Charles Pickering Bowditch

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Charles Pickering Bowditch (30 September 1842 – 1 June 1921) was an American financier, archaeologist, cryptographer and linguistics scholar who specialized in Mayan epigraphy.

Bowditch was born in Boston into the Massachusetts Bowditch family of mathematician Nathaniel Bowditch, his grandfather, and physiologist Henry Pickering Bowditch, his brother,[1] son of Jonathan Ingersoll Bowditch and Lucy Orme Nichols.[2][3] He received his undergraduate degree in 1863 and his master's in 1866, both from Harvard University.[4] During the American Civil War he served as an officer in the 55th Massachusetts Volunteer Infantry, a colored regiment,[5] rising to the rank of captain, and then served as a captain in the 5th Massachusetts Volunteer Cavalry, also a colored regiment.[6] In 1866, he married Cornelia L. Rockwell who bore him four children who survived him.[4] He died in 1921 in Jamaica Plains, Massachusetts, and was buried with a Unitarian service.[7]

As a businessman Bowditch participated unsuccessfully in the Pennsylvania oil rush[8] and returned to Massachusetts to manage the estate of Mrs. William Wadsworth, which gave him experience as a financial trustee. He went on to manage many trusts, was a director of the Massachusetts Cotton Mills and the Pepperell Manufacturing Company, the Boston and Providence Railroad Company, American Bell Telephone Company, and a director and later president of the Massachusetts Hospital Life Insurance Company. For three years he was vice-president of the American Bell Telephone Company.[9]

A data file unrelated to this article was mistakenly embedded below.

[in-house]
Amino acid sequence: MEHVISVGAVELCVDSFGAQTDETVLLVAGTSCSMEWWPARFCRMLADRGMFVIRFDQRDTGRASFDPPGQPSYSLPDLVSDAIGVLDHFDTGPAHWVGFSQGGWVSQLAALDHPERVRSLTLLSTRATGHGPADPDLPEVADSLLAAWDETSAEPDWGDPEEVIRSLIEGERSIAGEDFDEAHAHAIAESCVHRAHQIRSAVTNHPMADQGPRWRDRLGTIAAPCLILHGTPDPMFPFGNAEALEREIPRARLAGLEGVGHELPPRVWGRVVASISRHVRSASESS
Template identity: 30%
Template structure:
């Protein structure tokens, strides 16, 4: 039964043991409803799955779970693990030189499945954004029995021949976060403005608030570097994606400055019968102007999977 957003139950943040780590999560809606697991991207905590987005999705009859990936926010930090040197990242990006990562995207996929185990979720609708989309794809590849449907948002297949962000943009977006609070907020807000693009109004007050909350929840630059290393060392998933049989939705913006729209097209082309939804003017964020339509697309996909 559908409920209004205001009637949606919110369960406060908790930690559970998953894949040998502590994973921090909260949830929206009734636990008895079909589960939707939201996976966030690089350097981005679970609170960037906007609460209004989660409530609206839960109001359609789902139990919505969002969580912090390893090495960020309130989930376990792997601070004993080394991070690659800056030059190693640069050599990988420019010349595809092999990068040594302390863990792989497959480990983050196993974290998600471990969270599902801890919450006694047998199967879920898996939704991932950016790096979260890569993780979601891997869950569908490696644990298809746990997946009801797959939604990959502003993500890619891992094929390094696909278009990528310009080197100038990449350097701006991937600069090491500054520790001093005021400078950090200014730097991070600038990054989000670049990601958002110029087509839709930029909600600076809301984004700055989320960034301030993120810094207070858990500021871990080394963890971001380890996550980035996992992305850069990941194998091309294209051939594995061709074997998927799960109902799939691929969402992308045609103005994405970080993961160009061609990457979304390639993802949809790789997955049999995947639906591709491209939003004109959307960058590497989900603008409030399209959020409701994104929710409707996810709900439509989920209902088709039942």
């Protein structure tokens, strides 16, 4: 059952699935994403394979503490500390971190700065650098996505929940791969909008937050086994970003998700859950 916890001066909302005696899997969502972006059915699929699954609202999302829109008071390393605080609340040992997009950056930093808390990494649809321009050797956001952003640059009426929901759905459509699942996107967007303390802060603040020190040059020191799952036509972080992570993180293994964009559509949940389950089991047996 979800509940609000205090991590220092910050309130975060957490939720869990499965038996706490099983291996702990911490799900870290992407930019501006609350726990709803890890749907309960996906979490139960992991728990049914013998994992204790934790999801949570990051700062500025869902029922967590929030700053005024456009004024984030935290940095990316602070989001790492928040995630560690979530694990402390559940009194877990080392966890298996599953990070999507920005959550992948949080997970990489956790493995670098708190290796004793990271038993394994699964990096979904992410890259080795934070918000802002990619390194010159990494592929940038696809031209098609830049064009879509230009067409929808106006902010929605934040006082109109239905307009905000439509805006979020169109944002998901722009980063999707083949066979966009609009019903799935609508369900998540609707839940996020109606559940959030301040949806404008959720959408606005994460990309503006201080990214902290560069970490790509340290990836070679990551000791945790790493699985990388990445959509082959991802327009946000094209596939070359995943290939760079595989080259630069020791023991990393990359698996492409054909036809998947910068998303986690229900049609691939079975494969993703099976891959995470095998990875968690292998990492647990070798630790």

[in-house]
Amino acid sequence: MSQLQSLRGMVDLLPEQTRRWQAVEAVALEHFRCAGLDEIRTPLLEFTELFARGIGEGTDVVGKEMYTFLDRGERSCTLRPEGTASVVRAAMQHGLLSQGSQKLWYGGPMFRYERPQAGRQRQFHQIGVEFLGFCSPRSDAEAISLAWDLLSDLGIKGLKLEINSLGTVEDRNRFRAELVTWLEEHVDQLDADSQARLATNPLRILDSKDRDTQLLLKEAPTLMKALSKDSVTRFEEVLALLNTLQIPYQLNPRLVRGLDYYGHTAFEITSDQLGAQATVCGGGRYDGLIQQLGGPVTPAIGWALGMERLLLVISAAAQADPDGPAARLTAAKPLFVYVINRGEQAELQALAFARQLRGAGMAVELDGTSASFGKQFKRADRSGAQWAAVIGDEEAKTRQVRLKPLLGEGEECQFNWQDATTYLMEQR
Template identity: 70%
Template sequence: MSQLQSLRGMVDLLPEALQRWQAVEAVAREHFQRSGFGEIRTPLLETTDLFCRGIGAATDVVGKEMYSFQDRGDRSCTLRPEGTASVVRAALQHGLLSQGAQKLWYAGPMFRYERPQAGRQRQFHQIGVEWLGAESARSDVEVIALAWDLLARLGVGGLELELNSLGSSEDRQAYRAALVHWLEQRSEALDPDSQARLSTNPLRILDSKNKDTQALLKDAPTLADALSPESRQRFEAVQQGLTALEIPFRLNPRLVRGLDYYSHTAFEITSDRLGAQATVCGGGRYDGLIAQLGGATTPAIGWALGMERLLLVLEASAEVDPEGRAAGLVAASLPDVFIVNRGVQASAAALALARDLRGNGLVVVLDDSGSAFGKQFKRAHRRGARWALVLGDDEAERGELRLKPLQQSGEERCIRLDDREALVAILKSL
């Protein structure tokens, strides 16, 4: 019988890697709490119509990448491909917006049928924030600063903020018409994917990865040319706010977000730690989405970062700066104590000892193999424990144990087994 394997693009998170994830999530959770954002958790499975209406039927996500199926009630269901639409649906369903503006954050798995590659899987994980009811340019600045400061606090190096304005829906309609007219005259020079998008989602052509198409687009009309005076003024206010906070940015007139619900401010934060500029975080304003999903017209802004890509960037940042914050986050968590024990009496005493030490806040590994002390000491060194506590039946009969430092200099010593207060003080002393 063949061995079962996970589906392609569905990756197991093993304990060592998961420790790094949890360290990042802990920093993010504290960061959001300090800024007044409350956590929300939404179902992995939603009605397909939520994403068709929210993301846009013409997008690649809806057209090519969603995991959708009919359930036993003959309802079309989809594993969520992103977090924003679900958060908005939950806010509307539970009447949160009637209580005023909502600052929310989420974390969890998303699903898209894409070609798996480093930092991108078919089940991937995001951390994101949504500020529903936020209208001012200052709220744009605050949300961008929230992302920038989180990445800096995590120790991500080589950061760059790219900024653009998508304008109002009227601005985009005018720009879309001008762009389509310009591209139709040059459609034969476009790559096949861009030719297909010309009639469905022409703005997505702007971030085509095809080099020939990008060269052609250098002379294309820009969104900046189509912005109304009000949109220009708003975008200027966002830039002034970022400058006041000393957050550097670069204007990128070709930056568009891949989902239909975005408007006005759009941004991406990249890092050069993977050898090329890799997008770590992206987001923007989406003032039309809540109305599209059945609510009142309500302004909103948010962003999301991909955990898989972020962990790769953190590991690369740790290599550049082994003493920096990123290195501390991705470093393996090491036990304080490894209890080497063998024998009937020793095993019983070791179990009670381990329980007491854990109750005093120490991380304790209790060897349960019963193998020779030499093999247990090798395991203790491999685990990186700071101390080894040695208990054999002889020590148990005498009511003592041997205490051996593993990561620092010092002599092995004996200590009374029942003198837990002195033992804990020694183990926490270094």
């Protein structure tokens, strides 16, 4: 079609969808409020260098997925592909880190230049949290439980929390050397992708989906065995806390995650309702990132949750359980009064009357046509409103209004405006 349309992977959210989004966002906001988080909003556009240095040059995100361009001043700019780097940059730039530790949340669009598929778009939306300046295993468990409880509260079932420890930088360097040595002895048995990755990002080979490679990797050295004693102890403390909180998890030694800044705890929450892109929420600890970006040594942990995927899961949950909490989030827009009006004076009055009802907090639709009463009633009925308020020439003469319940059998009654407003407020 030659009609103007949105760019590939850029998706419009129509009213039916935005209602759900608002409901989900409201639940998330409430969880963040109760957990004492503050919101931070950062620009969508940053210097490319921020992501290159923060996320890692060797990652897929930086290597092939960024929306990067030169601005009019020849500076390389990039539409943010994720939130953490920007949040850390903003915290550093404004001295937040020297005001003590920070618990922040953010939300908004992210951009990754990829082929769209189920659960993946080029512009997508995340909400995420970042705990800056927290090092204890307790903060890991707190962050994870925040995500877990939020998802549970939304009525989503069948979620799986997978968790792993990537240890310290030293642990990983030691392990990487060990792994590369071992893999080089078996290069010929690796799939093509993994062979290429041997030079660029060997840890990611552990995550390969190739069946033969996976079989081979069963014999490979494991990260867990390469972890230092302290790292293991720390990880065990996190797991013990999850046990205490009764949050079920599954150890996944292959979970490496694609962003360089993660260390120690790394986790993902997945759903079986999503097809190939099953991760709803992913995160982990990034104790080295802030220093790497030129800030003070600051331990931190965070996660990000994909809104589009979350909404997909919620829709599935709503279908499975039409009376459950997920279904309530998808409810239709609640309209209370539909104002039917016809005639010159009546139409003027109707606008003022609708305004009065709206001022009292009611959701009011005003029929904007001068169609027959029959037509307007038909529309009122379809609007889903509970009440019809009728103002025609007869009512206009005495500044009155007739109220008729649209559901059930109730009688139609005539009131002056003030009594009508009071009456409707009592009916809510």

In 1888, Bowditch took a trip to the Yucatán and southern Mexico and became interested in the Mayan culture.[4] While he funded much Mayan research, his own Mayan work focused on deciphering Mayan epigraphy and their calendar system.[10] He was one of the founders of the American Anthropological Association.[11]

Harvard and the Peabody Museum[edit]

Bowditch made his first donation to Harvard's Peabody Museum in 1888, and during his life was its largest contributor.[4] Beginning in 1891, Bowditch funded numerous expeditions to the Mayan areas of Central America through the museum, almost one per year until his death. In 1894 he was elected a trustee of the museum and served on its faculty. On his death he left a large collection of books and other materials on the languages of Central America and Mexico to the museum.[1]

Among the expeditions that Bowditch funded were those of:[4]

Bowditch endowed a chair (a professorship) at Harvard in archaeology.

AAAS[edit]

Bowditch was treasurer of the American Academy of Arts and Sciences from 1905 to 1915 and went on to serve as president from 1917 to 1919.

Selected works[edit]

  • The Numeration, Calendar Systems and Astronomical Knowledge of the Mayans (1910)
  • Bacon's Connection with the First Folio of Shakespeare
  • Translation of Landa's Relación de las Cosas de Yucatán
  • Translation of Avendaño's Relación

Memberships[edit]

Notes[edit]

  1. ^ a b Barnhart, Clarence L., ed. (1954). "Bowditch, Charles Pickering". New Century Cyclopedia of Names, Volume One, A – Emin Pasha. New York: Appleton-Century-Crofts. p. 605. 
  2. ^ "Charles P. Bowditch Family Papers, 1849–1952, Guide to the Collection". Massachusetts Historical Society. Archived from the original on 13 March 2011. 
  3. ^ Storey, Moorfield (1923). "Memoir of Charles Pickering Bowditch". Proceedings of the Massachusetts Historical Society 56: 306–315. JSTOR 25080146. 
  4. ^ a b c d e Tozzer, Alfred M. (1921). "Charles Pickering Bowditch". American Anthropologist 23: 353–359. doi:10.1525/aa.1921.23.3.02a00060. 
  5. ^ Storey 1923, p. 308
  6. ^ Storey 1923, p. 309
  7. ^ "Funeral Services for Charles P. Bowditch". The Boston Globe. 4 June 1921. p. 14, column 2. 
  8. ^ Storey 1923, p. 310
  9. ^ Storey 1923, p. 311
  10. ^ Stuart, David (2011). The Order of Days: The Maya World and the Truth About 2012. New York: Crown. pp. 153–154. ISBN 978-0-307-72081-8. 
  11. ^ Storey 1923, p. 312